Cancer Won't Wait
The Government has committed “hundreds of millions of pounds” to NHS workforce training and £2.3 billion for diagnostic kit in the Spending Review. Campaigners' emails and petition signatures were key to securing that funding.
Patients won’t wait. Families shouldn’t have to wait. Cancer won’t wait.
Early diagnosis saves lives. The UK Government has committed funding to NHS staff training. This needs to be a targeted long-term investment to train more staff to tackle cancer waiting times, keep up with future demand, and transform cancer services.
Early diagnosis saves lives. Every second counts.
Cancer touches every family in the UK: 1 in 2 of us will get cancer in our lifetime.
The early diagnosis of cancer saves lives. But right now, only around half of cancers are diagnosed early. There simply aren't enough NHS staff or diagnostic kits to give everyone the best chance of survival.
Even before the pandemic cancer services were struggling. Cancer waiting time targets have been routinely missed by significant margins for years. The 62-day target for 85% of patients to begin treatment following an urgent GP cancer referral has not been met since December 2015.
During the pandemic, tens of thousands of people were referred for cancer tests and treatments. For them, every second counts. But many have been left waiting, creating a backlog of people with undiagnosed and untreated cancers.
In the recent Spending Review, the Government responded to our #CancerWontWait campaign, announcing it will provide "hundreds of millions of pounds in additional funding over the SR21 period to ensure a bigger and better trained NHS workforce". The devil will be in the detail, but this could be the news that cancer patients and their families desperately needed.
It's clear your voice has been heard during this campaign. Thank you to everyone who has played their part. You have made sure there will be investment in the NHS workforce over these next 3 years, and we're now really close to being sure that this investment will be there to help cancer patients.
- 1 in 10 of all posts across the NHS in England were vacant in 2018/19, and it was estimated that, with no action taken, this would rise to 1 in 7 posts vacant by 2023/24.
- Two thirds of NHS staff said before COVID that they felt staffing levels were insufficient - now they are even more burnt out, stressed and depressed. 1 in 5 doctors told the BMA they will leave their career in the NHS altogether post-pandemic.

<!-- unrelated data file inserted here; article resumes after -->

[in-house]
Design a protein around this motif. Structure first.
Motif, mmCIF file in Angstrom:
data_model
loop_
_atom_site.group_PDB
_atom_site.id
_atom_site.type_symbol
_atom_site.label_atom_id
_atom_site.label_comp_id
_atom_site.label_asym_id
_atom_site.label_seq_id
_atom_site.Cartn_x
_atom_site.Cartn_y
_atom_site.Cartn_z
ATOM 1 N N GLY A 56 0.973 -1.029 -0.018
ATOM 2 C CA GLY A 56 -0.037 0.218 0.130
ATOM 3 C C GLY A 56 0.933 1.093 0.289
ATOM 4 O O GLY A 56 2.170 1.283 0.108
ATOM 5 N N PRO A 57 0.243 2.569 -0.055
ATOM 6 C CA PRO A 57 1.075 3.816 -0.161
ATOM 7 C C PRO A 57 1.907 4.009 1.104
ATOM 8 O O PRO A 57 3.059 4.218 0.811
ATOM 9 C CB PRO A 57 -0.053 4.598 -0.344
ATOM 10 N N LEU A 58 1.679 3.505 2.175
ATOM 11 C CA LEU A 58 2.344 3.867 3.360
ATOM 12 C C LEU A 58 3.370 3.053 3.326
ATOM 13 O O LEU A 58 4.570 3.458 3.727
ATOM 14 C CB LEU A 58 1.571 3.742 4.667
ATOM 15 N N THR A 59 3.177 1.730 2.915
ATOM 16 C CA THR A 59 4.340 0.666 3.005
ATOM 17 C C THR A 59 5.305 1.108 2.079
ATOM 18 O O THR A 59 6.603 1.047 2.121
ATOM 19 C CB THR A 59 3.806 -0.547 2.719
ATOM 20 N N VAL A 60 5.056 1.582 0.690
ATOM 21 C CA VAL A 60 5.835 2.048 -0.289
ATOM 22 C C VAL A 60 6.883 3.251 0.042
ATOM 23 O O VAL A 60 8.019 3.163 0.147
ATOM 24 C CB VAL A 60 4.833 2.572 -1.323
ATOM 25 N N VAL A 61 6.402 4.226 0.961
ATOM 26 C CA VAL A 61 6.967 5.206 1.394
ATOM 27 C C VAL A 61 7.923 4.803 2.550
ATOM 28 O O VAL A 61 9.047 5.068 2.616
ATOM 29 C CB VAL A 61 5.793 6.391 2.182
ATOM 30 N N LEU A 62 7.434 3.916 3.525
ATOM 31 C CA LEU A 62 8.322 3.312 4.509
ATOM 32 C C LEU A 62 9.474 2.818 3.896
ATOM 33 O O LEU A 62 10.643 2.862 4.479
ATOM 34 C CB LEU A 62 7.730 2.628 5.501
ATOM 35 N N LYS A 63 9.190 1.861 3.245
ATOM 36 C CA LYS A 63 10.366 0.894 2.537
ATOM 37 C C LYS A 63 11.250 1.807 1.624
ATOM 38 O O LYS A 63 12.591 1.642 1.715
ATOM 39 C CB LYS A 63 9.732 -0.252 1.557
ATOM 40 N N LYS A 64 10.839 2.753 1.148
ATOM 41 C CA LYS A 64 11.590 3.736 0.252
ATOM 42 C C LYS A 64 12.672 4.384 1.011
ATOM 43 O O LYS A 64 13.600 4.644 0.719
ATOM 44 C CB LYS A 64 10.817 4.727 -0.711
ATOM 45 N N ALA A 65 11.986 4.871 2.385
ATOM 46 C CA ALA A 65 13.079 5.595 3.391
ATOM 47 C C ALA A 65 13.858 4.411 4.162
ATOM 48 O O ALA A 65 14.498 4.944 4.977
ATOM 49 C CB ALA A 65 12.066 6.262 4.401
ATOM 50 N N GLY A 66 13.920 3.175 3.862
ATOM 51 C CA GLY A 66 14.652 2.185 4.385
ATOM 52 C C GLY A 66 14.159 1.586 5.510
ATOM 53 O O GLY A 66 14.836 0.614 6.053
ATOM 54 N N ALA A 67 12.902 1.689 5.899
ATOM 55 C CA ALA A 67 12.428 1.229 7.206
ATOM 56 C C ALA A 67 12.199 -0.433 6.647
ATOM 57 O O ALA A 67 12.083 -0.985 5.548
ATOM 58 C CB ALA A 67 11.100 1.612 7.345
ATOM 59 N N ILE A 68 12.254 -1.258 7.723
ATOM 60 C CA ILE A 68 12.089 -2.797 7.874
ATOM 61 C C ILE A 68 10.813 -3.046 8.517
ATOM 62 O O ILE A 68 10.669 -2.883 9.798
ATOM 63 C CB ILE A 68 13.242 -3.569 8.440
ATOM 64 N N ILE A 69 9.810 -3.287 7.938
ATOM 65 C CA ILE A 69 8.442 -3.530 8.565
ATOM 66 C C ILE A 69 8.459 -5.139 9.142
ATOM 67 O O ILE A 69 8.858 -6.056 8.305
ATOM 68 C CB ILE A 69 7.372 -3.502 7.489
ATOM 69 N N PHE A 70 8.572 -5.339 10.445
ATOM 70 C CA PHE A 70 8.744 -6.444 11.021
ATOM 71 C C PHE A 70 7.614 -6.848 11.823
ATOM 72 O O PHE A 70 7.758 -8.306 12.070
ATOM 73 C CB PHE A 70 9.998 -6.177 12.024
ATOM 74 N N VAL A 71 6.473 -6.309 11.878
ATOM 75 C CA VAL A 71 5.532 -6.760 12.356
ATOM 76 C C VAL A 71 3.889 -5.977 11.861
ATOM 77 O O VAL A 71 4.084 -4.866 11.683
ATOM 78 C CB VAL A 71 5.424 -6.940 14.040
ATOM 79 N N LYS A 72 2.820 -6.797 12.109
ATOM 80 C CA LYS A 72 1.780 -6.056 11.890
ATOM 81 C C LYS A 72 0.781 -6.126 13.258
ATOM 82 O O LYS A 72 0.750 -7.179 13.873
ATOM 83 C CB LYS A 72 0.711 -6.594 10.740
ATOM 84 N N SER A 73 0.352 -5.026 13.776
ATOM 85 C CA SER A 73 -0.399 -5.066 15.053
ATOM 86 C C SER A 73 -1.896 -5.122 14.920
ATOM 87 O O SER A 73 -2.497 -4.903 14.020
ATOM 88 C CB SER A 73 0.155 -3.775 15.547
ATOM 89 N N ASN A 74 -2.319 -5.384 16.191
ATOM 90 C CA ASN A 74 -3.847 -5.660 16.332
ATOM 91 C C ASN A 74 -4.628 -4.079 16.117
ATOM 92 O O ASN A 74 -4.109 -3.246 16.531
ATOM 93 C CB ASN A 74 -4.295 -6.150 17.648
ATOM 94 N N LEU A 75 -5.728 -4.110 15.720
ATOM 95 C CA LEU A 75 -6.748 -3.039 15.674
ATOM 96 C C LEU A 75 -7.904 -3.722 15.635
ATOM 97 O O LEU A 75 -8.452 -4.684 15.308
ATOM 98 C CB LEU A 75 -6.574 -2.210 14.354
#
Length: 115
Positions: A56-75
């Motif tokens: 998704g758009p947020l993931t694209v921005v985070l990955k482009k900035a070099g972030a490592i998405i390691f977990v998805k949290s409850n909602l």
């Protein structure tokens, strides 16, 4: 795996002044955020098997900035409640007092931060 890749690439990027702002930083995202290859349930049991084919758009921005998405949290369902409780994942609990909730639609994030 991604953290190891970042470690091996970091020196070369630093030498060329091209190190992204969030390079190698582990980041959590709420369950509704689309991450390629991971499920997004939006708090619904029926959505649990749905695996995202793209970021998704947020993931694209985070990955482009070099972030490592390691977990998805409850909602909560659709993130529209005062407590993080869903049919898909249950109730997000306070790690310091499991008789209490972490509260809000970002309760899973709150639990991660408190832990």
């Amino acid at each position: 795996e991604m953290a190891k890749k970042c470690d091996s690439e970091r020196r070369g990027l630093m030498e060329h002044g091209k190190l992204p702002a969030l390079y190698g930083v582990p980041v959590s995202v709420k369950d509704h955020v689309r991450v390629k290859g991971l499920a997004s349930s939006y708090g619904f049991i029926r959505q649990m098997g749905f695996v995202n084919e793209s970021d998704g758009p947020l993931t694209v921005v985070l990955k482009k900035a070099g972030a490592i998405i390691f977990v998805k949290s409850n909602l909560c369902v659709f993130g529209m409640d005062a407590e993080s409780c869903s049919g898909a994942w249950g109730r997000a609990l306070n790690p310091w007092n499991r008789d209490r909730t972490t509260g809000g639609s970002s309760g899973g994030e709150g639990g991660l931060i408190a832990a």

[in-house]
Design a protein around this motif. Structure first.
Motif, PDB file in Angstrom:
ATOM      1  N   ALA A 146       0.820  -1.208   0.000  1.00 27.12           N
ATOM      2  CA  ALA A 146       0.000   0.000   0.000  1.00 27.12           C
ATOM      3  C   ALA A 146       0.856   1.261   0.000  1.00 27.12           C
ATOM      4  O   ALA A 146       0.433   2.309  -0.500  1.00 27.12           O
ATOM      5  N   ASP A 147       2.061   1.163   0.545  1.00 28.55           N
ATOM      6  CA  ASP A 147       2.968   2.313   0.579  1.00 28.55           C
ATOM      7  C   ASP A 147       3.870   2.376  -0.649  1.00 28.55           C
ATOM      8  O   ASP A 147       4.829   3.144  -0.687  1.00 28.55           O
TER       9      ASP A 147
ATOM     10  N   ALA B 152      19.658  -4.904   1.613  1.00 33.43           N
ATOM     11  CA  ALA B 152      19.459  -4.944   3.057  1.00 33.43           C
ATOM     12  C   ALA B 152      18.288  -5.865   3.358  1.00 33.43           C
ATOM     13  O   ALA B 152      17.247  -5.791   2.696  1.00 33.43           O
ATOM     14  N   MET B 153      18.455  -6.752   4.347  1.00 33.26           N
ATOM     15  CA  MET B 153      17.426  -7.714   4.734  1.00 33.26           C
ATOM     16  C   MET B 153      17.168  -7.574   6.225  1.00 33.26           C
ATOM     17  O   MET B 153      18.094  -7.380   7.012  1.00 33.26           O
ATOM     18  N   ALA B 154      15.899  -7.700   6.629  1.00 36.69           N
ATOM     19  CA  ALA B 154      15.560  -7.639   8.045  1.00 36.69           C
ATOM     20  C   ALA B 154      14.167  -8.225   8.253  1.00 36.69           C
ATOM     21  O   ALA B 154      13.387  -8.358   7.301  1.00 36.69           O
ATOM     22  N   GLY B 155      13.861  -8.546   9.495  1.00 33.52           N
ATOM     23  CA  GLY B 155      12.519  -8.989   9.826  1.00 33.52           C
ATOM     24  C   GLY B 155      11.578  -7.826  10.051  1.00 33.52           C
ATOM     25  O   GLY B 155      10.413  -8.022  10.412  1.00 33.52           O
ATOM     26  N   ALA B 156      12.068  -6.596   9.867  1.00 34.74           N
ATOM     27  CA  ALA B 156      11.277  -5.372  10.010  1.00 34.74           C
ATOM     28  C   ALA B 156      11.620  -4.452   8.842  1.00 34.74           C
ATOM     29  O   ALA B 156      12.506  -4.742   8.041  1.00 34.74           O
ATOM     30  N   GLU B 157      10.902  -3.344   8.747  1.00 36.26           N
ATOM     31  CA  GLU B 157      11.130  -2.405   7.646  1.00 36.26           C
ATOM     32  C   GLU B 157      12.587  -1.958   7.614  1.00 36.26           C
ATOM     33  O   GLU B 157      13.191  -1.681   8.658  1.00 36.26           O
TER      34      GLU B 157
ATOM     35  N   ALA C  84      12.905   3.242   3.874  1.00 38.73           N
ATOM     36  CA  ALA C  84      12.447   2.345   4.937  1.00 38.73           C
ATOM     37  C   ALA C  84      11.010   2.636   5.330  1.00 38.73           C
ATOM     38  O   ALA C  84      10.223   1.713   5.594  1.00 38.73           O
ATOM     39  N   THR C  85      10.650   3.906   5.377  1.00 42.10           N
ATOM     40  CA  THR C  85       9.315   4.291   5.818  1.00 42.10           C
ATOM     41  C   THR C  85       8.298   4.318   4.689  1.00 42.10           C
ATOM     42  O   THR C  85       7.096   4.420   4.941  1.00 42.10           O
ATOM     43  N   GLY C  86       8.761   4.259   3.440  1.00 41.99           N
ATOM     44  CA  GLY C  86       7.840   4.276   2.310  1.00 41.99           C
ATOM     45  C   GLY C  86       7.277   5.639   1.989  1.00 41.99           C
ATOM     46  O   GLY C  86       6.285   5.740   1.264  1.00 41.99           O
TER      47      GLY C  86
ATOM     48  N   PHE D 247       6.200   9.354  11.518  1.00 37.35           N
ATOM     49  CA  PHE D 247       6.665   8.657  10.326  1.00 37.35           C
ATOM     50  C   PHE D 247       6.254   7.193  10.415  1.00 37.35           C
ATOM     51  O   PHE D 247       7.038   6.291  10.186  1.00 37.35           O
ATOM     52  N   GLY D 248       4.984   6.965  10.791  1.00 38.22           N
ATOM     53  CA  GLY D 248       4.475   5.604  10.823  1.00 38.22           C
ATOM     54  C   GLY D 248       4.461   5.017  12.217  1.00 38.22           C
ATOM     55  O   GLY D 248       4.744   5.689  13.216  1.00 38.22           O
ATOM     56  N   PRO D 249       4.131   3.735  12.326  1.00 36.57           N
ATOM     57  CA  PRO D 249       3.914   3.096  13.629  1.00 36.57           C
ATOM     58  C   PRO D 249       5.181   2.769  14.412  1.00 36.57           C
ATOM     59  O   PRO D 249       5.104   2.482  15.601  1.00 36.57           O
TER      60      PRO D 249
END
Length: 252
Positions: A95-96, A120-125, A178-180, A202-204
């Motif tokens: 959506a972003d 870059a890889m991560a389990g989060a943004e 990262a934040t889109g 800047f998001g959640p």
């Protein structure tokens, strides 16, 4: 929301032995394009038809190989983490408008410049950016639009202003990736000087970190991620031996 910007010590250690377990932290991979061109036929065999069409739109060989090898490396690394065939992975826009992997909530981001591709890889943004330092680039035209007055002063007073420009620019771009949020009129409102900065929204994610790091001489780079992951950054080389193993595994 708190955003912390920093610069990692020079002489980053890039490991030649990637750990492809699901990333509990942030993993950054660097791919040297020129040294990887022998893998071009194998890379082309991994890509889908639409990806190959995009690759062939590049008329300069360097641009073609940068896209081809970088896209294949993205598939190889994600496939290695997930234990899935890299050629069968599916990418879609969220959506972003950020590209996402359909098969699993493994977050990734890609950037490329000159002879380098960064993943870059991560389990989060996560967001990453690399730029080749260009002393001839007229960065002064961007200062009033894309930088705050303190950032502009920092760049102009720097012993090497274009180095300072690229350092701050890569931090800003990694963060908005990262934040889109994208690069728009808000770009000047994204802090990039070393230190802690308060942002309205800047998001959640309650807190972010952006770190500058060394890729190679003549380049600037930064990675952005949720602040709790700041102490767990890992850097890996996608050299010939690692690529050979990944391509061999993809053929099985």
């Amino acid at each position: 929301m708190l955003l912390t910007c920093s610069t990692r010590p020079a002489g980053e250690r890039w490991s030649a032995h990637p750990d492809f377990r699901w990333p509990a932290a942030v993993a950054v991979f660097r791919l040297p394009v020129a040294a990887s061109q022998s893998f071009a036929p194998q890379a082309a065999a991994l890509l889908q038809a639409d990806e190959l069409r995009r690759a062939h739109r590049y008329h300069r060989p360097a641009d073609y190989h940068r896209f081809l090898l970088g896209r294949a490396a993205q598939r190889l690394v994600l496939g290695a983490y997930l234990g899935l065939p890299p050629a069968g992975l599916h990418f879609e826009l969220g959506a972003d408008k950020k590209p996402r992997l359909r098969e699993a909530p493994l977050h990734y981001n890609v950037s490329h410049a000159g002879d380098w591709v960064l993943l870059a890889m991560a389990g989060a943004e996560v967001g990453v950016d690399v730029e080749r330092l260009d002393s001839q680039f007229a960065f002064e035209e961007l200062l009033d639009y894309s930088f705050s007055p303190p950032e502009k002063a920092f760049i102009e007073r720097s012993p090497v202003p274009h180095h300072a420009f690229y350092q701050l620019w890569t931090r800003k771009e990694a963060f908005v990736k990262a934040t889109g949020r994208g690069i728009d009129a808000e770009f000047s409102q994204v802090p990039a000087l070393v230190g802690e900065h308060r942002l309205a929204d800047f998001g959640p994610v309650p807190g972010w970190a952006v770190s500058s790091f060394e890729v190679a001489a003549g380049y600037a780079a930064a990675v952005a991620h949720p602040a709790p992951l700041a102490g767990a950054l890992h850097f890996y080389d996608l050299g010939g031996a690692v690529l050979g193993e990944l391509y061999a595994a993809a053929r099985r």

- According to the Royal College of Radiologists (RCR), the consultant clinical oncology workforce has a shortfall of 17% which is set to rise up to 29% by 2025. The number of doctors starting specialist training would need to double for the next five years to close the forecast workforce gap.
- According to the Royal College of Radiologists (RCR), the radiology workforce is now short-staffed by 33%. Without more training, investment in new models of care and better retention and recruitment, by 2025 the radiologist shortfall will hit 44%.
- More than half (58%) of radiology leaders say they do not have enough diagnostic and interventional radiologists to keep patients safe.
- The Royal College of Pathologists found that only 3% of histopathology departments across the UK have said they had enough staff to meet clinical demand.
- Investing in the NHS workforce is fiscally responsible. The NHS Confederation has told the House of Commons Health and Social Care Committee that workforce shortages actually cost the Treasury more than recruiting or training the right numbers of staff, due to the premium cost of locum and agency staff.
- In 2020, national health services across the UK spent £128 million on outsourcing the reporting of scans to the independent sector – equivalent to the combined salaries of a third of the current consultant radiology workforce. This has risen over 58% since 2018.
Watch our campaign launch event
The Cancer Won't Wait campaign launched on Monday 13 September. Watch the campaign launch event video to learn more about the campaign and why early diagnosis is important
- Spending Review 2021: Promising commitments, unanswered questions
- How can we diagnose more cancers earlier?
- Why we need earlier diagnosis of cancer more than ever before
- Cancer services during COVID-19: 40,000 fewer people starting treatment
- NHS staff shortages: What’s needed to build a sustainable cancer workforce?
- Queues build for GP appointments and cancer tests
- Dear Prime Minister: “Please don’t delay action again, we’re counting on you”
- One third of cancer patients say coronavirus has impacted their treatment
- A quarter of cancer patients experience avoidable delay to diagnosis
Help us keep campaigning. Join the movement.
The Government has committed funding to NHS workforce in the recent Spending Review. You can join the campaigners whose emails and petition signatures helped make this happen.
Through supporting this campaign and other Cancer Research UK campaigns you will save lives.